She made entertaining look easy, never stressed about a gathering no matter how many people were coming. Her girls remember their dad handing her a 7-7 cocktail while she would be making her fantastic gravy, mashing the potatoes, baking the rolls and “directing buffet traffic.”

Billie encouraged her daughters to be creative. They had their own play and craft room, and the walls were covered their “art.” Glue, glitter, crayons and construction paper were staples on the playroom floor and table, which is now a restored coffee table.

She was a Camp Fire Girls leader for all five of her girls and their friends, and was president of the local chapter.

She was an accomplished, self-taught seamstress who made multiple outfits, church banners, curtains and her girls’ prom dresses.

We’re not exactly sure what kind of music Mom liked because she danced and sang to anything and everything. It was so embarrassing for her teen daughters as she’d break out singing and dancing in front of their friends, usually in the kitchen, to rock-n-roll or pop music. While she was a stay-at-home mom, she regularly won prizes on WRHL Radio, calling in with her correct answers.

Whenever Neil got home from work, she always dropped what she was doing to greet him with a kiss and a hug.

She also canned vegetables from their garden that Dad planted, made jams and jellies and everything was homemade. Her pies were beautiful and delicious. Her other pastimes were reading and watching movies, many times while Neil was out putting hundreds of miles on his bicycle each year. They were members of the Blackhawk Bicycle Club.

Everyone she met adored her quickly, and she truly loved everyone unconditionally and without judgment. She was a really good listener, never interrupting. Anyone who knew her would say they were a better person having known her. Billie’s smile was like sunshine, it glowed and warmed everyone’s heart. You couldn’t help but smile back.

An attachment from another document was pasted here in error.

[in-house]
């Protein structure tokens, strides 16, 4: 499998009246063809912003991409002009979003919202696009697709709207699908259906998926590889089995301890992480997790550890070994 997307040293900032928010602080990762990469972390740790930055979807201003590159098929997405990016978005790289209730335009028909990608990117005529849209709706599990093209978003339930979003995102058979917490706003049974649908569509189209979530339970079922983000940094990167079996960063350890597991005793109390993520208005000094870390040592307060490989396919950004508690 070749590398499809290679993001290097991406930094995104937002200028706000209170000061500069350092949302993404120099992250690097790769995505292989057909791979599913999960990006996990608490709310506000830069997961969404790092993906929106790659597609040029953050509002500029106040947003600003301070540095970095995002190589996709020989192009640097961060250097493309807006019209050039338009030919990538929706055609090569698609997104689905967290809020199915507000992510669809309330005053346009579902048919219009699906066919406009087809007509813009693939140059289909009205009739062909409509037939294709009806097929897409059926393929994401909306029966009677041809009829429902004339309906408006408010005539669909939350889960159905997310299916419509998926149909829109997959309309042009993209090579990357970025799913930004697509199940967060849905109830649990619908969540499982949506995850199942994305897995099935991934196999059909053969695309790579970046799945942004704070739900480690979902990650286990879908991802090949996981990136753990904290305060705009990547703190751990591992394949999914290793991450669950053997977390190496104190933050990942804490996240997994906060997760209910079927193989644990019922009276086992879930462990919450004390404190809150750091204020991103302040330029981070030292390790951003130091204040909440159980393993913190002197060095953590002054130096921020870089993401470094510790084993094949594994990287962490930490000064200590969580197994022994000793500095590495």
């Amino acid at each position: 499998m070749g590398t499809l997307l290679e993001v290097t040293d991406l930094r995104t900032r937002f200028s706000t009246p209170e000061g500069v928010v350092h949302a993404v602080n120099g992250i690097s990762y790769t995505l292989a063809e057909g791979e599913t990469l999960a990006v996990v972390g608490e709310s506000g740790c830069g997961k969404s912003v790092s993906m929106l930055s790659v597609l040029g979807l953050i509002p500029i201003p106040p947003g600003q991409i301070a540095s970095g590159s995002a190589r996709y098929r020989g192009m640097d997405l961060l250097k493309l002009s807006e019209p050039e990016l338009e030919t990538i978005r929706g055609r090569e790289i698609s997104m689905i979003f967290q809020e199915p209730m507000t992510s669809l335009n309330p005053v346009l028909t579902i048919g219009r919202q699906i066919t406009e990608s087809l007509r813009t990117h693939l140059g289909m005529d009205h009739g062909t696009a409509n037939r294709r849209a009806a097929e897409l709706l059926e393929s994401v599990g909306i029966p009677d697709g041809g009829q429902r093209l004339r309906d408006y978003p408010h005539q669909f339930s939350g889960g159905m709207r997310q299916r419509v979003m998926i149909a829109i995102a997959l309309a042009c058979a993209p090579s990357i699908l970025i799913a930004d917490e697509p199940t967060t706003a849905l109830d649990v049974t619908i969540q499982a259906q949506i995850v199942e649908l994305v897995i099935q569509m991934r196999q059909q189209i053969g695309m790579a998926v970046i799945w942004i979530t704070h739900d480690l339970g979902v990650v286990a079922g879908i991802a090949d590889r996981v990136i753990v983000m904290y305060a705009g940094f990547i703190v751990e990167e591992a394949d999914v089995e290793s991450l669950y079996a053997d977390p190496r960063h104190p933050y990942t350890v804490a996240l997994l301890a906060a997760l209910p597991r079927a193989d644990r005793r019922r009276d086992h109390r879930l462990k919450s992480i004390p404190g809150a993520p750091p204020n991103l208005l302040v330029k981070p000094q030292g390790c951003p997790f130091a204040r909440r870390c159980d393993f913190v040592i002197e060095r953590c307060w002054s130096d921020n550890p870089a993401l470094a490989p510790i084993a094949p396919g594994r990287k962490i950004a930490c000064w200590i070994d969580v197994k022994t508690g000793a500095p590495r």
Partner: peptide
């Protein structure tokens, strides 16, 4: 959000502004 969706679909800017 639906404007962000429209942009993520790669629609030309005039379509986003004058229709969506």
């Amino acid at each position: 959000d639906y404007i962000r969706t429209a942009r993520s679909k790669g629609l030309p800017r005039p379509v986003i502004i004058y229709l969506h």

About three years ago, Billie was diagnosed with Alzheimer’s disease. Dad did such a great job of taking care of his lovely bride. We were so blessed that she was her typical happy self, still selfless and wanting to help others. She regularly went to LifeScape and Anam Memory Care in Rockford where she’d break out in dance when the music was on. They loved her there as much as we did.

She’s survived by her husband of 58 years, Neil, of Belvidere; four daughters, Cathy (Mike) Dummer of Middleton, Wis., Colleen (Gregg) Petrosky of Sterling, Mary (Greg) Pippert of Sartell, Minn. and Ellen (John) O’Malley of Rochelle; her son-in-law, Scott Loos of Wausau, Wis.; her adoptive father, Charles Ballard of Dixon; her brother, Tom Ballard of Dixon; her siblings by marriage, Thomas “Bud” (Rene) O’Malley of Sherman Oaks, Calif., Mary Jane (Barney) Owens of Lindenwood and Pat (Jim) Hanley of Rochelle; 11 grandchildren, Abby (Kevin) Martin of Decatur, Patrick Petrosky of St. Paul, Minn., David Dummer of Madison, Wis., Molly Petry of Rochelle, Katelyn Dummer of Middleton, Mitchell Petrosky of Sterling, Margaret Pippert of Sartell, Nora Petry and Eliza Petry of Rochelle, Isaac Pippert of Sartell and Logan Loos of Wausau; all her “Iowa” cousins as well as cousins Swanetta (Doug) Zuehl of Rochelle, Barbara Ballard of Dixon and Neil’s cousins, Maureen and Anne; and a loving gaggle of nieces and nephews whom she considered her own.

She was preceded in death by her youngest daughter, Jane Anne O’Malley Loos, on March 2, 2016; her mother, Jacqueline Ballard; and her biological father, William Duncan.

Services and interment will be private. A memorial service will be held at a later date. The family will be praying the rosary at 3:30 P.M. on Sunday, May 17, 2020. Live streaming details are pending, please go to www.belviderefh.comfor details.  Memorials can be made to St. James Catholic Church in Belvidere, Ill, Knights of Columbus Council #735, or Lifescape Adult Daycare, Rockford, Ill.